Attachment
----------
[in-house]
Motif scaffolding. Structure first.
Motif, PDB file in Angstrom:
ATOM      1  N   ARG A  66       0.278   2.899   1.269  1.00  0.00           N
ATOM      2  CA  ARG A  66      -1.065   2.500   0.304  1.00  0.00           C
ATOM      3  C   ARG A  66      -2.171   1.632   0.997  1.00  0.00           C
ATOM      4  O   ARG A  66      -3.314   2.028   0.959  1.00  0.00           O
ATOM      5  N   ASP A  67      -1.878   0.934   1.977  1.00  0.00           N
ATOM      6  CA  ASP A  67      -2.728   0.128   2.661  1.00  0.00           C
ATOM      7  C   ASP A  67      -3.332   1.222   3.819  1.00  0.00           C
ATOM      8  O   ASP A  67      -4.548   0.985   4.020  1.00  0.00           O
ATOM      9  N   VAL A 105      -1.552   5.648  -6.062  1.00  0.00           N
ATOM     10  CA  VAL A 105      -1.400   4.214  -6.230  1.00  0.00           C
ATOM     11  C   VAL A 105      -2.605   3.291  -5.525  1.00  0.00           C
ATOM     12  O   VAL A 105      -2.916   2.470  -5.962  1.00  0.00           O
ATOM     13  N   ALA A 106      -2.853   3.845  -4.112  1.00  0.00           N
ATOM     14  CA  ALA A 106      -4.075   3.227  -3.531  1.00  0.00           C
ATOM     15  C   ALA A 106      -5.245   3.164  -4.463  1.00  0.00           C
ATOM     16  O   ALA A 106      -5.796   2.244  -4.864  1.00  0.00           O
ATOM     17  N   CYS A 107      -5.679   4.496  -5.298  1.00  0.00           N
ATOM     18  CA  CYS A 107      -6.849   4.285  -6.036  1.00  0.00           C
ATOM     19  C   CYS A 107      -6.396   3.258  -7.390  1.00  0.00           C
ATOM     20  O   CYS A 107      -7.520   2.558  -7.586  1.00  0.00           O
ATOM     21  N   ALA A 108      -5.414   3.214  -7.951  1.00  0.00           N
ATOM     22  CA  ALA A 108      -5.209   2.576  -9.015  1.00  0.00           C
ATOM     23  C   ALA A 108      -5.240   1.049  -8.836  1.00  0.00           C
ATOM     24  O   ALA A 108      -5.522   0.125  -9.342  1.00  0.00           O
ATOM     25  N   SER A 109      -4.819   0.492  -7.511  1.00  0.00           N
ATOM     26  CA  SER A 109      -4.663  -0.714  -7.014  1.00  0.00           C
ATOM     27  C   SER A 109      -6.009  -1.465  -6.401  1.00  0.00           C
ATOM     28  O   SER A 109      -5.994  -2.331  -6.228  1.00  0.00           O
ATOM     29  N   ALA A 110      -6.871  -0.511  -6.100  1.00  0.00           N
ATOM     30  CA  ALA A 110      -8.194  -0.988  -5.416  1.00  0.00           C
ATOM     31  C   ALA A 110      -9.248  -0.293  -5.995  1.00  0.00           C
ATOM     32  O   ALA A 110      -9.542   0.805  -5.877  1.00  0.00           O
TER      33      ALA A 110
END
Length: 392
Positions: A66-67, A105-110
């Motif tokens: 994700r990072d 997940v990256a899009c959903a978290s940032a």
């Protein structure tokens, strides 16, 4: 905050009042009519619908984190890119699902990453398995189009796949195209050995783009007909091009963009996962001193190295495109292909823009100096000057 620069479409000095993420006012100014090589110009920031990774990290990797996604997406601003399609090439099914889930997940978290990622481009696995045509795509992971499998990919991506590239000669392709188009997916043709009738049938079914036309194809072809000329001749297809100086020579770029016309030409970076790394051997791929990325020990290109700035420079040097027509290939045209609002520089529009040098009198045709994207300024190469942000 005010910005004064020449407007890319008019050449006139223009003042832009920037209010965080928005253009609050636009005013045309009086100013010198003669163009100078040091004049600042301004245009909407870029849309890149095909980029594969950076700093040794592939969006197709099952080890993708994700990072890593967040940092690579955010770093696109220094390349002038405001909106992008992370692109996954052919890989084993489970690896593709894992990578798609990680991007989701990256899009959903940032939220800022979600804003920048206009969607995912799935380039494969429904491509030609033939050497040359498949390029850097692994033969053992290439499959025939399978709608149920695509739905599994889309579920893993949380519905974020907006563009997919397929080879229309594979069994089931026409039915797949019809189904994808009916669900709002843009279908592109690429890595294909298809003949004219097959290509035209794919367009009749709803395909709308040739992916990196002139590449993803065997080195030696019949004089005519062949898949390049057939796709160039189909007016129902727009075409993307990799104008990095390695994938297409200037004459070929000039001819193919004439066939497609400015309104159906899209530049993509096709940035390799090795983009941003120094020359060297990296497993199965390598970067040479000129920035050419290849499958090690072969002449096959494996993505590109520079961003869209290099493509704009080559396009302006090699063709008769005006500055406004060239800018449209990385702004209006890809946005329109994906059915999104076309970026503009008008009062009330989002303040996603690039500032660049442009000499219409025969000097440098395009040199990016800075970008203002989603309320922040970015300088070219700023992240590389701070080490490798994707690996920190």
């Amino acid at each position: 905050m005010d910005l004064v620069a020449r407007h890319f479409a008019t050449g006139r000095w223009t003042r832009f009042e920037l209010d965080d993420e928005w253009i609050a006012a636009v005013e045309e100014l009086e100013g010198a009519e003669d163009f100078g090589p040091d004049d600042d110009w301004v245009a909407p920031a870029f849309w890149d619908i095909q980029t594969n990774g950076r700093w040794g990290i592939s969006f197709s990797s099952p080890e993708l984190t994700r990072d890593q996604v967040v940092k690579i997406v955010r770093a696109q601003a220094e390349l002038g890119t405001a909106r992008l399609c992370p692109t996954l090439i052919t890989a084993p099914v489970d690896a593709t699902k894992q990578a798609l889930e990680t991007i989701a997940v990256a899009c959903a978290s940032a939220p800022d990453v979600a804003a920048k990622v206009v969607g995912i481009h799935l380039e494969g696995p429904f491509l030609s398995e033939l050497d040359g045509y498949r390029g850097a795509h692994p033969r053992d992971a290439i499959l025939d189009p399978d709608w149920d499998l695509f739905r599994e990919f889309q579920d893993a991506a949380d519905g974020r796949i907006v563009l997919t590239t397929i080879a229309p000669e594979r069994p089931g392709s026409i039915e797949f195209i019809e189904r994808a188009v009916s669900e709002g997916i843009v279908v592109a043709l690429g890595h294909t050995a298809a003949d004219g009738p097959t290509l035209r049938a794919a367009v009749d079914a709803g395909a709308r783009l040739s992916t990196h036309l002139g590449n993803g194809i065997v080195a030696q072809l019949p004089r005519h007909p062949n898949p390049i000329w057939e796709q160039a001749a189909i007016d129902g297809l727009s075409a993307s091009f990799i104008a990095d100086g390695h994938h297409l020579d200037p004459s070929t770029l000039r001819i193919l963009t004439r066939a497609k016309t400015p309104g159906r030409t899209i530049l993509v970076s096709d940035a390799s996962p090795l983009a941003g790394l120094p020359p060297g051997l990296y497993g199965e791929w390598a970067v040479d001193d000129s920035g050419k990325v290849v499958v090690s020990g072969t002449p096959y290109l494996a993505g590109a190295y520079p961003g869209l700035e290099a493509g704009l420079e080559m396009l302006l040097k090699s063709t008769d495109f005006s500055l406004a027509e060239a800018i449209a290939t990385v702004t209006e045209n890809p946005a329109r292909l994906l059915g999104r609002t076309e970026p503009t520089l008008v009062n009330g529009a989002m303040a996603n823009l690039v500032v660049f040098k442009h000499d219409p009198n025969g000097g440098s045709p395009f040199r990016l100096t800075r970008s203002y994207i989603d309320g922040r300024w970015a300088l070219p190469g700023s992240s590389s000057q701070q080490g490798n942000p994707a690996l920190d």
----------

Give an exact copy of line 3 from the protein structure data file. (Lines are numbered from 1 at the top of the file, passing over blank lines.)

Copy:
Motif, PDB file in Angstrom: